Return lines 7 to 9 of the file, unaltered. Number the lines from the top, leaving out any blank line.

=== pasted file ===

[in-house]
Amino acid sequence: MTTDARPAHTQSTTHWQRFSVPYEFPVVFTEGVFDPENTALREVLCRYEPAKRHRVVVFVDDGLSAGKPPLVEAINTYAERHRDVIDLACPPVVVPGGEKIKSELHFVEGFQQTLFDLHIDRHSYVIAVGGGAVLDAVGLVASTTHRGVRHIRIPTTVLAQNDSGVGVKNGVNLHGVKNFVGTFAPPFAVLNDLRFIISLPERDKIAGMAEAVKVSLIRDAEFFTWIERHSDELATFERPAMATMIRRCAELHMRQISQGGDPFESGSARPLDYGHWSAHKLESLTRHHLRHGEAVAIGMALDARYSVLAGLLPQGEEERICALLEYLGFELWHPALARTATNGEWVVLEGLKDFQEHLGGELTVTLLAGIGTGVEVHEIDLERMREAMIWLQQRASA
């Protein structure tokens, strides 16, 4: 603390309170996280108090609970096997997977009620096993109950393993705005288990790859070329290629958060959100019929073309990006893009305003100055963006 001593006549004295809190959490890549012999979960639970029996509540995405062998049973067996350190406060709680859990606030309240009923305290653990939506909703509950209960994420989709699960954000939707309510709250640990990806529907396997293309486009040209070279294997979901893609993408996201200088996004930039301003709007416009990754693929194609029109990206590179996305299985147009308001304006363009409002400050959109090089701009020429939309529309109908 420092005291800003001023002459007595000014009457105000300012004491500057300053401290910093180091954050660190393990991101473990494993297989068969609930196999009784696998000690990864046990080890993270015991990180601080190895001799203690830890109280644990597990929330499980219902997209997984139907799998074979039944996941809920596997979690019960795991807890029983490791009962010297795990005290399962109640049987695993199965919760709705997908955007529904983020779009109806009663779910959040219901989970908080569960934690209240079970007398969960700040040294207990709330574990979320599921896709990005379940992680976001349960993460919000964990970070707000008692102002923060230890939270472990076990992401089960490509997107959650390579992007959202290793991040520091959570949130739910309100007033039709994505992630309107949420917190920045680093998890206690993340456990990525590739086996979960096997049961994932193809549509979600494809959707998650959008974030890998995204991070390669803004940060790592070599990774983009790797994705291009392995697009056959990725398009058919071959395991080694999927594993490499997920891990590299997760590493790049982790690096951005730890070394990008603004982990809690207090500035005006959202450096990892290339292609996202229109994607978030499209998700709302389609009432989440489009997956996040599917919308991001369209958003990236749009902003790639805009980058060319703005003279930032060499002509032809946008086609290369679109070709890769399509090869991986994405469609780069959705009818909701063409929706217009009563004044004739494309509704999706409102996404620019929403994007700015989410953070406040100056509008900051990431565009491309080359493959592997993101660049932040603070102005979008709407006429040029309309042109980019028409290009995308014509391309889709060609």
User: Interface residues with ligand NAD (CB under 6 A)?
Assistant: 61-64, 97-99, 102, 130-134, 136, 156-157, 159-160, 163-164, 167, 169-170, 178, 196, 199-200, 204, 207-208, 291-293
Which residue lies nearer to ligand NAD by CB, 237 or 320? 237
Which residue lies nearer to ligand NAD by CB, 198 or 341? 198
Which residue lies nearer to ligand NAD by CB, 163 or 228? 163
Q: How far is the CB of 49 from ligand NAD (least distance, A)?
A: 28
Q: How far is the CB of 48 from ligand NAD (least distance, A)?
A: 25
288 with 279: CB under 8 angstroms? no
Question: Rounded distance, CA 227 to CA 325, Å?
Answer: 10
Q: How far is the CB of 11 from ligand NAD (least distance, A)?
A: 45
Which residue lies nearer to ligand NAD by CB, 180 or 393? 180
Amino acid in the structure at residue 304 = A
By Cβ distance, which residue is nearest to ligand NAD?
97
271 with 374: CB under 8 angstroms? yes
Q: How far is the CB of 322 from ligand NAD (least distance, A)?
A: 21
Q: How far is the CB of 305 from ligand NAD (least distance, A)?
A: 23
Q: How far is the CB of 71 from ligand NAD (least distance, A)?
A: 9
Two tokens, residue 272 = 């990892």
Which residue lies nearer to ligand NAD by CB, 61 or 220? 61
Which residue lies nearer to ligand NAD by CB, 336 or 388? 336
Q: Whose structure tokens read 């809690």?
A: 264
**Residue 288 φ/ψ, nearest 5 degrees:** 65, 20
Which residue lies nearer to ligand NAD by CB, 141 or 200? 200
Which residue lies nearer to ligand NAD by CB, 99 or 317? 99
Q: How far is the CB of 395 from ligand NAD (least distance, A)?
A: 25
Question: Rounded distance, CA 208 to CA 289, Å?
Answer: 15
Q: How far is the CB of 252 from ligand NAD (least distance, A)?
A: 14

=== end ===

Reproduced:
Which residue lies nearer to ligand NAD by CB, 198 or 341? 198
Which residue lies nearer to ligand NAD by CB, 163 or 228? 163
Q: How far is the CB of 49 from ligand NAD (least distance, A)?